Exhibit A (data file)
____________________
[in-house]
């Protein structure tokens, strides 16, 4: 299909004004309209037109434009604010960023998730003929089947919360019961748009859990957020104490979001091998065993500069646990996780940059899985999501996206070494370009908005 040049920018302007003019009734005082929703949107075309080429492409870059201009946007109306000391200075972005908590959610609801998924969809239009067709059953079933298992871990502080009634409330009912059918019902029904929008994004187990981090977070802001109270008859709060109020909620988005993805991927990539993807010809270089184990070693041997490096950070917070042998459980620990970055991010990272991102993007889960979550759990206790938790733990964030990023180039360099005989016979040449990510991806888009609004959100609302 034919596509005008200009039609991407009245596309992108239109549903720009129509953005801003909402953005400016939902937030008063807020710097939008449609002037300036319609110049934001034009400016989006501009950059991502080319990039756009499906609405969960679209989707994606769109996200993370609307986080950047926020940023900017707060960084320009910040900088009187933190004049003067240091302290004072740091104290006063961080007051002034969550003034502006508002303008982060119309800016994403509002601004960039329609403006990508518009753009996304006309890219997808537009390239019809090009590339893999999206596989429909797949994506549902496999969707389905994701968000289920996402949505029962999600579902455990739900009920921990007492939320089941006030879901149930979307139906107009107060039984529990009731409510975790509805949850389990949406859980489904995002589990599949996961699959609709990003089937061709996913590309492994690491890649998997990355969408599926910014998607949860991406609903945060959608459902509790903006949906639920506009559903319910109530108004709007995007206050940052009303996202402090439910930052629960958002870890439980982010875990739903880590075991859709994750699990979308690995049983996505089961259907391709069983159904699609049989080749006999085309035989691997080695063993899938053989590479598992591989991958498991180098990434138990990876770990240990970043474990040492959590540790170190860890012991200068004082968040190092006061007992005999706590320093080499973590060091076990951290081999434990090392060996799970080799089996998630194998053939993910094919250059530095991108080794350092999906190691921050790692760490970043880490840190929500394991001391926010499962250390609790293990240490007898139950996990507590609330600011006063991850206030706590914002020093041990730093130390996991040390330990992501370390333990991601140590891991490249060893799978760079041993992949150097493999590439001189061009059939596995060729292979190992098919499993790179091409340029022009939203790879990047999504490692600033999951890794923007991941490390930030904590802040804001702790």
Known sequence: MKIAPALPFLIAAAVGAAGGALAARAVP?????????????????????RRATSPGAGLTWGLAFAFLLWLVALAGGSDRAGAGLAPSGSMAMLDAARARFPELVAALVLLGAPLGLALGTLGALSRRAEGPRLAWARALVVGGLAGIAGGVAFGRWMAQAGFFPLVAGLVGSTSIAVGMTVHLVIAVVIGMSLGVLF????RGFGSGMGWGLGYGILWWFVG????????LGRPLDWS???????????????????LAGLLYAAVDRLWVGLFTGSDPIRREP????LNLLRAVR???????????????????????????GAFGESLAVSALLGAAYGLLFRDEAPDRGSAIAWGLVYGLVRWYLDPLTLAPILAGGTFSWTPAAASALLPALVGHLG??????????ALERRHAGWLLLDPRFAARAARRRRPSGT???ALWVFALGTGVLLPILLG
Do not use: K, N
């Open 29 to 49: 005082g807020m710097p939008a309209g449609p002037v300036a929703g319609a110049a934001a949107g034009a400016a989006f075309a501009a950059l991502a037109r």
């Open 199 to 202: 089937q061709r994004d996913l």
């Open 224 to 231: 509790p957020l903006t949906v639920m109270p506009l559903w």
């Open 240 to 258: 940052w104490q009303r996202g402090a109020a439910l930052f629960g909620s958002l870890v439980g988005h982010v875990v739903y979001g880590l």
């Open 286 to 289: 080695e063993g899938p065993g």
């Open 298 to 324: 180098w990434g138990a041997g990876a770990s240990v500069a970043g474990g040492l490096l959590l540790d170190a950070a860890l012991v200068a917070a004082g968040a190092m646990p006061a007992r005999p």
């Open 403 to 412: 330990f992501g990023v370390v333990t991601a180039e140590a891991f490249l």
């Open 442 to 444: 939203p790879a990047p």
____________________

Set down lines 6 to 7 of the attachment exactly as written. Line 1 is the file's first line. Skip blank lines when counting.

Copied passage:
């Open 199 to 202: 089937q061709r994004d996913l």
């Open 224 to 231: 509790p957020l903006t949906v639920m109270p506009l559903w």